Missing My Boys
Two years ago last night, we had a party at our house. About a hundred teenagers and a few adults stopped by to say good-bye to Mehmet. The City of Cedar Hills shot off an impressive fireworks display and those that were still here sat in the back yard and watched it. Travis jokingly told Mehmet that it was for him, since he was leaving and he said, "Really? Just for me?"
Two years ago today, we went to church, but left right after sacrament meeting. We drove to the airport, trying to enjoy the moment and not think about what was to come in just a short hour or so. We checked Mehmet in and met with the other host families and Barbara, the very serious woman in charge. She asked us if we'd enjoyed Mehmet living with us and we responded that we had. She asked Mehmet how he felt and he said he loved us. Then Travis spoke up and said, "I think he really liked it at our house because we let him get a tattoo." Barbara looked disapprovingly around at each of us. Since we know Travis's sense of humor, we played along. She asked if she could see the tattoo and I think it was Mehmet who said, "I can't show it to you. It's in a private place." Barbara then lectured us about having not read the rules and walked away saying, "I hope this doesn't come back to haunt us." As soon as she was gone, we all laughed until the tears came.
Then we said good-bye. We hugged each other and cried. Some of us cried for a long time. On the drive home, I sat in the back seat with Joe, who was a broken-hearted 9-year-old.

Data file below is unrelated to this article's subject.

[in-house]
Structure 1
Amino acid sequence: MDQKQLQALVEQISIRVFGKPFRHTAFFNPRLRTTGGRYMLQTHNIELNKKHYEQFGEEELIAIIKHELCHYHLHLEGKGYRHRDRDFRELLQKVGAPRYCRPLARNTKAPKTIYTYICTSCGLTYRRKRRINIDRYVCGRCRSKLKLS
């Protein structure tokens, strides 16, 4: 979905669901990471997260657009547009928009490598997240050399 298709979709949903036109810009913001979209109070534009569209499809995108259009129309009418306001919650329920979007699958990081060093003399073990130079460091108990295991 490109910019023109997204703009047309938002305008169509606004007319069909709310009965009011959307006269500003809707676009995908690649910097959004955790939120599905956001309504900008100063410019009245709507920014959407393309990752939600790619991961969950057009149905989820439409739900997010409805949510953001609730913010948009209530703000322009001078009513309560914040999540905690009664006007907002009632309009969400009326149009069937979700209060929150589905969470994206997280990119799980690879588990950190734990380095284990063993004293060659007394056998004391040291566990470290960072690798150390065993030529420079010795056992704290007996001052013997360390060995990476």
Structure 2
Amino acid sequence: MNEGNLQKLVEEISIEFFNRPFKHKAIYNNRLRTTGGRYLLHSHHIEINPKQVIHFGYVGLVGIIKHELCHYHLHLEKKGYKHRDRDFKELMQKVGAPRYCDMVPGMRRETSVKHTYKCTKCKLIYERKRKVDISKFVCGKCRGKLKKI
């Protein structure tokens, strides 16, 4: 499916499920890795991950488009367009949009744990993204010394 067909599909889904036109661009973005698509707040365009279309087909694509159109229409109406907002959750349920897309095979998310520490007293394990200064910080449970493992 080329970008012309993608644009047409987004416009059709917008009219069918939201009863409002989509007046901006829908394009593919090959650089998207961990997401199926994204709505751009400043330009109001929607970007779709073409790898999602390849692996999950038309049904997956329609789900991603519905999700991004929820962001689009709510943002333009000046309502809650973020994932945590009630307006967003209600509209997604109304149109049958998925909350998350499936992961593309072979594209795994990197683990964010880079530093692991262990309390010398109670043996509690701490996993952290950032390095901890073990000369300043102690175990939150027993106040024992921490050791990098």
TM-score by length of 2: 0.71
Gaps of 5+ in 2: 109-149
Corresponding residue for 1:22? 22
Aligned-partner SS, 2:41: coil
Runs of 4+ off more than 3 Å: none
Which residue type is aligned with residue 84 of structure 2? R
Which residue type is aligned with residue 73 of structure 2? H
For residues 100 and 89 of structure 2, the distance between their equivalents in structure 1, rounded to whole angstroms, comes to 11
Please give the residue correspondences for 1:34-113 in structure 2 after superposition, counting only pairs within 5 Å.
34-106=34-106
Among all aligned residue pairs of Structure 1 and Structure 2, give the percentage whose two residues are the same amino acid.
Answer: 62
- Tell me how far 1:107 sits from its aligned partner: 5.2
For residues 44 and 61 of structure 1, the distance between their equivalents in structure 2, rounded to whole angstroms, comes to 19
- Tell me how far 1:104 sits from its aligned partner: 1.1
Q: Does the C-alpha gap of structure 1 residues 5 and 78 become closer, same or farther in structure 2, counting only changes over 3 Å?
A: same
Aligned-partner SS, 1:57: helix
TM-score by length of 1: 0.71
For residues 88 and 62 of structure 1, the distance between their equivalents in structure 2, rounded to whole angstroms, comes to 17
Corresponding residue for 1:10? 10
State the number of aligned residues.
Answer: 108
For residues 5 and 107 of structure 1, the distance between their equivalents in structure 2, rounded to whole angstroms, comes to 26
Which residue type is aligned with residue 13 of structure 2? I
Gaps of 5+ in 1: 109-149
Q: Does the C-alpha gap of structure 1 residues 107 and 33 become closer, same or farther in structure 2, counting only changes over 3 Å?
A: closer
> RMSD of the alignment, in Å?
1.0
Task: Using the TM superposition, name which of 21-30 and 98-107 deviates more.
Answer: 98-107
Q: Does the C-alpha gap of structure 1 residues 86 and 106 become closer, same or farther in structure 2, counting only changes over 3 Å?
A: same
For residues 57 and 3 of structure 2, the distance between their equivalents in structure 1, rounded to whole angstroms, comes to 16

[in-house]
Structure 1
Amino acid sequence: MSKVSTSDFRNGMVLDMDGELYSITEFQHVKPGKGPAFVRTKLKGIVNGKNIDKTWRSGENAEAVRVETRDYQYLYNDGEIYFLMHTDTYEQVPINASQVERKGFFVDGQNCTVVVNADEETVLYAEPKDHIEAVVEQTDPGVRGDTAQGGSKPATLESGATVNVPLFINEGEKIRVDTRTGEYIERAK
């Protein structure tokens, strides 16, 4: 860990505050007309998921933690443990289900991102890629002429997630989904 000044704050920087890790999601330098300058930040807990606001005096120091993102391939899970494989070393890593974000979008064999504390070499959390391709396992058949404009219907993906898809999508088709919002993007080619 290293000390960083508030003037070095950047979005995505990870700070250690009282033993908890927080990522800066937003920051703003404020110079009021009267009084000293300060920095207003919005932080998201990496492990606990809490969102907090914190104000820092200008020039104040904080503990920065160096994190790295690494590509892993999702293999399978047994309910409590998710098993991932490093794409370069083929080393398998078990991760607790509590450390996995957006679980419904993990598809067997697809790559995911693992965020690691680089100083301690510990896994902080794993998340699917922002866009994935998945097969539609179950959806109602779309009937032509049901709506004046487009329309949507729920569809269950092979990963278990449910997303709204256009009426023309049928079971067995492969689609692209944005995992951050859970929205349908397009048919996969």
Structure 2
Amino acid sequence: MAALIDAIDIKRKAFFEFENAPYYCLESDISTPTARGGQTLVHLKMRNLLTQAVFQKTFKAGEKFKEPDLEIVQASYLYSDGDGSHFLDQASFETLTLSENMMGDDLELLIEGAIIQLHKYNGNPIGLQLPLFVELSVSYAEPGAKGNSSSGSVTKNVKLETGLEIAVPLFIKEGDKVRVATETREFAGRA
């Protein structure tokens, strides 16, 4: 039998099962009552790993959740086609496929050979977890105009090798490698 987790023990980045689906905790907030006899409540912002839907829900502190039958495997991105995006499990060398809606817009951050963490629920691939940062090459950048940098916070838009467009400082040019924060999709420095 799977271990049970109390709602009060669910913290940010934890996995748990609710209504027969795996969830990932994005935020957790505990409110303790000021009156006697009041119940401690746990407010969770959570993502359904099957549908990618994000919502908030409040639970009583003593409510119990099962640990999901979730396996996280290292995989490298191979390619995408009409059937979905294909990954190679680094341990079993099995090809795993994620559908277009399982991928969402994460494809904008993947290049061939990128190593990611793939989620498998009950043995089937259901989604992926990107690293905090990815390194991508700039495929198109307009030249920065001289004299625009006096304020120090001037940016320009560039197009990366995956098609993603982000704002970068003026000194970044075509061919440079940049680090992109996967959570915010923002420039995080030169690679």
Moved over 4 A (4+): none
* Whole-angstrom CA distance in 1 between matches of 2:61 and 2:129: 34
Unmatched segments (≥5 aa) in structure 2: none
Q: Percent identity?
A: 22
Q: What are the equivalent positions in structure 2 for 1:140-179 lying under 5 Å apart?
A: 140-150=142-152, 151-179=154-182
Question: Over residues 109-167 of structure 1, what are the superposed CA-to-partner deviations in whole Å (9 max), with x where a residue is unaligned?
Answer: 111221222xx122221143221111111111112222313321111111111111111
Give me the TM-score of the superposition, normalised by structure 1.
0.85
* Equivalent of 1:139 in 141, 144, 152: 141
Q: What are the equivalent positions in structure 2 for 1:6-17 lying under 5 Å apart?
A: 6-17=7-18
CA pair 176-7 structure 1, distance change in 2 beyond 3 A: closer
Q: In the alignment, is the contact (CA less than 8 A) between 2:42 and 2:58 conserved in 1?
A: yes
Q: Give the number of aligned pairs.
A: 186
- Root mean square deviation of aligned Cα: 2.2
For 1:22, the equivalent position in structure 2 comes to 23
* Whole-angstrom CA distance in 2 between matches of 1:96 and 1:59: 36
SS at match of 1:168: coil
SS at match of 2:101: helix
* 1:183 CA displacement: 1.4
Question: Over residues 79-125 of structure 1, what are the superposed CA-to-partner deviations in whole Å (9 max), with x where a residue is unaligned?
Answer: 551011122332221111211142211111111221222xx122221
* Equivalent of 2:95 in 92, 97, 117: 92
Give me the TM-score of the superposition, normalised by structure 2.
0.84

Six months ago, we dropped Bruce off in front of the MTC. There was no time for jokes, or lengthy conversations. Those had to be done in the days before. That morning was busy and bittersweet. I didn't allow myself to think beyond the moment. We picked up kids who'd gone to school (Joe was working on perfect attendance, after all). We came home and made waffles, loaded the car and drove to Provo.
I looked back at Bruce's face and he looked happy and scared. It was a strange expression I'd never seen before and I had to turn around so he wouldn't see me cry.
It was fast--like ripping off a band-aid and then he was gone. To us, at least. It was a strange thing to have him just a half an hour away and yet he might as well have been halfway around the world. And then he was halfway around the world. And we wait for every letter. Sunday evening can't come fast enough. We read his uplifting, funny letters and I laugh, I'm proud of him, and I try to ignore the ache in my heart.
Today, as I think about Mehmet, I think about Bruce. And I miss my boys.